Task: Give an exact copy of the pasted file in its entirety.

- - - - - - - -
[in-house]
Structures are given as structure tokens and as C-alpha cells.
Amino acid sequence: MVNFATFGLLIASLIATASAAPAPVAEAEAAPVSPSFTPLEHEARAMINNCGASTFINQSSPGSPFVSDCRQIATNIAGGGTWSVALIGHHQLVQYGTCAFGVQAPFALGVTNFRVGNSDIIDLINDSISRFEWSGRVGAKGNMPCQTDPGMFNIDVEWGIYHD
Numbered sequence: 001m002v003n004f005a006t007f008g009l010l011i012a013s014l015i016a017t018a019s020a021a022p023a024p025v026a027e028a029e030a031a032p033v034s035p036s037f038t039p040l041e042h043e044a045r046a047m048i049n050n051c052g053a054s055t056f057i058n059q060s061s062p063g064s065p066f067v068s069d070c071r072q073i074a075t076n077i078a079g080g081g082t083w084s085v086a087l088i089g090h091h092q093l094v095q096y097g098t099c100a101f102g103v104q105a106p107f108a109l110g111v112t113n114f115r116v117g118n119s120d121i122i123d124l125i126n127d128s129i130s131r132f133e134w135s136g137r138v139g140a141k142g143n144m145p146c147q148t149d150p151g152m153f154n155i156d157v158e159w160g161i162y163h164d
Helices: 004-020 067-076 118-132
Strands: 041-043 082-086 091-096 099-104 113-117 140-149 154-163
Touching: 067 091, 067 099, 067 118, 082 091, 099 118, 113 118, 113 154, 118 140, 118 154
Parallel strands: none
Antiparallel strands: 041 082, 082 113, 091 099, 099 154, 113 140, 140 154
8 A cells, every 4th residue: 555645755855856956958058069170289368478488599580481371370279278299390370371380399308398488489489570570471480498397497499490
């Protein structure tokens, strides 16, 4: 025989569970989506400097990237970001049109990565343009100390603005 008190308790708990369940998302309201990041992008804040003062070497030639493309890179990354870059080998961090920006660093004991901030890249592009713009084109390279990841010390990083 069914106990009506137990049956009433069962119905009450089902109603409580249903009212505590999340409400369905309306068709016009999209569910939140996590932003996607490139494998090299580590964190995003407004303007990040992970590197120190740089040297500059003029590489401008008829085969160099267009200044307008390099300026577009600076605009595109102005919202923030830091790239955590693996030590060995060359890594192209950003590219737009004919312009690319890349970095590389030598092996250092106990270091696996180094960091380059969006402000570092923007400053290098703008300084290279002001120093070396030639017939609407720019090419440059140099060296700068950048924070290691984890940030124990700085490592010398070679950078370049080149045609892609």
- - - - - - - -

[in-house]
Structures are given as structure tokens and as C-alpha cells.
Amino acid sequence: MVNFATFGLLIASLIATASAAPAPVAEAEAAPVSPSFTPLEHEARAMINNCGASTFINQSSPGSPFVSDCRQIATNIAGGGTWSVALIGHHQLVQYGTCAFGVQAPFALGVTNFRVGNSDIIDLINDSISRFEWSGRVGAKGNMPCQTDPGMFNIDVEWGIYHD
Numbered sequence: 001m002v003n004f005a006t007f008g009l010l011i012a013s014l015i016a017t018a019s020a021a022p023a024p025v026a027e028a029e030a031a032p033v034s035p036s037f038t039p040l041e042h043e044a045r046a047m048i049n050n051c052g053a054s055t056f057i058n059q060s061s062p063g064s065p066f067v068s069d070c071r072q073i074a075t076n077i078a079g080g081g082t083w084s085v086a087l088i089g090h091h092q093l094v095q096y097g098t099c100a101f102g103v104q105a106p107f108a109l110g111v112t113n114f115r116v117g118n119s120d121i122i123d124l125i126n127d128s129i130s131r132f133e134w135s136g137r138v139g140a141k142g143n144m145p146c147q148t149d150p151g152m153f154n155i156d157v158e159w160g161i162y163h164d
Helices: 004-020 067-076 118-132
Strands: 041-043 082-086 091-096 099-104 113-117 140-149 154-163
Touching: 067 091, 067 099, 067 118, 082 091, 099 118, 113 118, 113 154, 118 140, 118 154
Parallel strands: none
Antiparallel strands: 041 082, 082 113, 091 099, 099 154, 113 140, 140 154
8 A cells, every 4th residue: 555645755855856956958058069170289368478488599580481371370279278299390370371380399308398488489489570570471480498397497499490
């Protein structure tokens, strides 16, 4: 025989569970989506400097990237970001049109990565343009100390603005 008190308790708990369940998302309201990041992008804040003062070497030639493309890179990354870059080998961090920006660093004991901030890249592009713009084109390279990841010390990083 069914106990009506137990049956009433069962119905009450089902109603409580249903009212505590999340409400369905309306068709016009999209569910939140996590932003996607490139494998090299580590964190995003407004303007990040992970590197120190740089040297500059003029590489401008008829085969160099267009200044307008390099300026577009600076605009595109102005919202923030830091790239955590693996030590060995060359890594192209950003590219737009004919312009690319890349970095590389030598092996250092106990270091696996180094960091380059969006402000570092923007400053290098703008300084290279002001120093070396030639017939609407720019090419440059140099060296700068950048924070290691984890940030124990700085490592010398070679950078370049080149045609892609």